What Is the Right CMS for Your ContentOps?
What features should your CMS have to really shine at Content Operations?
Written by Vegard Ottervig on
To get your ContentOps up and running smoothly, you need a CMS to handle the necessary editing, refinement, and management of your content before distributing it.
The most important features of your CMS in regard to ContentOps include:
A central tenet of the ContentOps principle is people. You know, those who work to create great content. Your chosen CMS should offer robust cooperation capabilities, enabling your team to deliver content efficiently.
That means an integrated workflow in the CMS. This is a feature that supports the editorial process consisting of editing, greenlighting, expert inputs, and a visual way of seeing what content is ready for review and publishing.
Cooperation features should also include issues management and real time editing. The former lets content creators easily set up issues or notifications in the CMS, directing it towards editors, subject matter experts, bug-fixing developers, or the like. The latter lets you see what other authors are doing on a given piece of content in real time.
Learn more: How Enonic Uses ContentOps »
Content isn’t just content. An image isn’t a text, a blog post isn’t a person profile, and a case study isn’t a portfolio. Websites and apps consist of several content types with different structures and logic—many interacting with each other in one way or another.
For example, the content type blog post consists of several fields, some of which may link to the content types author, tags, and image. And a landing page consists of sections which can contain virtually any type of content, from testimonials and services to partners and sound files.
A smooth ContentOps would benefit tremendously from a CMS that has ample room to create and maintain flexible content types. Content types makes it easy to reuse content across your digital experiences, letting you focus on the thing that matters most: content creation.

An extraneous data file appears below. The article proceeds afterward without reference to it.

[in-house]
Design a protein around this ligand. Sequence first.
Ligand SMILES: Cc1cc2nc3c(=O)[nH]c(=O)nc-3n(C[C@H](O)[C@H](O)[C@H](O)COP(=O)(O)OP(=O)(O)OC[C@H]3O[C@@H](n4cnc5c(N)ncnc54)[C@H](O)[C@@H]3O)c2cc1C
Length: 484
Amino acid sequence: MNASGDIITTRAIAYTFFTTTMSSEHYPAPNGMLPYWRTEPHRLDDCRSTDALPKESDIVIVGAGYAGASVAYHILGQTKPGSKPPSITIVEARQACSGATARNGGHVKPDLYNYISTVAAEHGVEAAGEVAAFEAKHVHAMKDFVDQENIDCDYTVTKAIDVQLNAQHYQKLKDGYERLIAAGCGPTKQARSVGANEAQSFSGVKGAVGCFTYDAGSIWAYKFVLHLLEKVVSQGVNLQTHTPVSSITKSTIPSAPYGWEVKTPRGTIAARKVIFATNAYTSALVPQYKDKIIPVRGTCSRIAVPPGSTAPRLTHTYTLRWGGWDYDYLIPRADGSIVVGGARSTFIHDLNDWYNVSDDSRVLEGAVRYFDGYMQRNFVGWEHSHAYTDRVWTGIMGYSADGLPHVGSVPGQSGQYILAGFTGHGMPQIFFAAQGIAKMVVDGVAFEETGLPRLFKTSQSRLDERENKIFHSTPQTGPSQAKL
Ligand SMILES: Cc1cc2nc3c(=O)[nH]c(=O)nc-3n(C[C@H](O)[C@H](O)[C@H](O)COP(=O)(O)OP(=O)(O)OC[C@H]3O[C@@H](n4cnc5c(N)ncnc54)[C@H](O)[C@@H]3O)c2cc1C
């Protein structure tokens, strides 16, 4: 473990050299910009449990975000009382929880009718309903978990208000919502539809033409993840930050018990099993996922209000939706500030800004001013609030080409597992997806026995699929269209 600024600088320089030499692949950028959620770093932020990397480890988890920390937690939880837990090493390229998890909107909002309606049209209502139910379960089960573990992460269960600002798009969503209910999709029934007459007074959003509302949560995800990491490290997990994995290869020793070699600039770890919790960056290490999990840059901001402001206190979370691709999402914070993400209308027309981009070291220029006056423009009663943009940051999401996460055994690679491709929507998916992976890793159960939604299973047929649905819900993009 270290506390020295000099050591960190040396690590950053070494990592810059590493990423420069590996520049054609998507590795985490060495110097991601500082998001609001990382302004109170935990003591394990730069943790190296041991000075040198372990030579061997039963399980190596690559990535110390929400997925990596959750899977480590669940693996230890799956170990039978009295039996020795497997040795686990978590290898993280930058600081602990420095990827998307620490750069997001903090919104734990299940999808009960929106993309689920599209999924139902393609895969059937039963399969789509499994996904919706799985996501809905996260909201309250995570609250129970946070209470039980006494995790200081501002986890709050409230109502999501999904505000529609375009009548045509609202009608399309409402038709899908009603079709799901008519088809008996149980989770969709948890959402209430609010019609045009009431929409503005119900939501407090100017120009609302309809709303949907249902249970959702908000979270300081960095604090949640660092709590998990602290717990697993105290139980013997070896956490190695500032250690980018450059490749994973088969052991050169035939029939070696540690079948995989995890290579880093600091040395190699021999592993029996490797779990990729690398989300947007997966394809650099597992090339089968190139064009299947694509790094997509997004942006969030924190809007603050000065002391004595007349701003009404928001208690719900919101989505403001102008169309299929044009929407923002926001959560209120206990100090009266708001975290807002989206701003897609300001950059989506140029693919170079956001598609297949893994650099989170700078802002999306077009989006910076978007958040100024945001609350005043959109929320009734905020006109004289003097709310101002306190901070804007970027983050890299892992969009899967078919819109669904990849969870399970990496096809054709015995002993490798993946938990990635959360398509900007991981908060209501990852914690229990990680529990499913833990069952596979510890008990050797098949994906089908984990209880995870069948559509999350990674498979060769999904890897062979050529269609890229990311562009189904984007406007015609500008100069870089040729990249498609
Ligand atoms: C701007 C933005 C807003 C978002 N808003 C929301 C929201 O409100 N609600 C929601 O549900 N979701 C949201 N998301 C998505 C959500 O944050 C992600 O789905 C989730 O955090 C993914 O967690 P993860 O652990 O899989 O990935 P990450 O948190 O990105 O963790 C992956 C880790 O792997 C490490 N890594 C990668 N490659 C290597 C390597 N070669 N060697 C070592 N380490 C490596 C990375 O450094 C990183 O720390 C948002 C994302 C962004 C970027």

See also: Page-oriented vs. Content-oriented CMS »
Working on content with brand compliance and asset management in mind can be a tedious chore, but it doesn’t have to be like that. A design system can make your job of ensuring brand stability and compliance on digital experiences much easier. Which thereby lets you focus on creating excellent content.
A design system may include a sketch library, style guide, pattern library, organization principles, best practices, templates, and more. This allows you to have an assortment of buttons, icons, accordions, and other design elements readily available for any author and editor.
Such a smooth setup presupposes that your CMS can be integrated with a design system, so make sure to investigate whether or not this can be achieved.
Last, but not least, your CMS should generally be intuitive. It should be easy to navigate your content structure—preferably through a content tree. It should be easy to create, move, duplicate, delete, and edit different pieces of content, images included.
Your CMS should also be responsive and mobile-friendly—allowing you to work as easily from the palm of your hand as from a large screen on your desktop.
Logical and familiar keyboard shortcuts are also a must to ensure speedy creation and management. So is a fast and faceted search engine—making it easy to find what you’re looking for in the blink of an eye.
And, finally, user roles and what actions and permissions one has access to should be easy to manage.
This makes it clear to your teammates what roles they have in the system and what they are supposed to do in the ContentOps process: whether it is authoring, editing, or publishing.
First published 26 February 2020, updated 15 February 2024.
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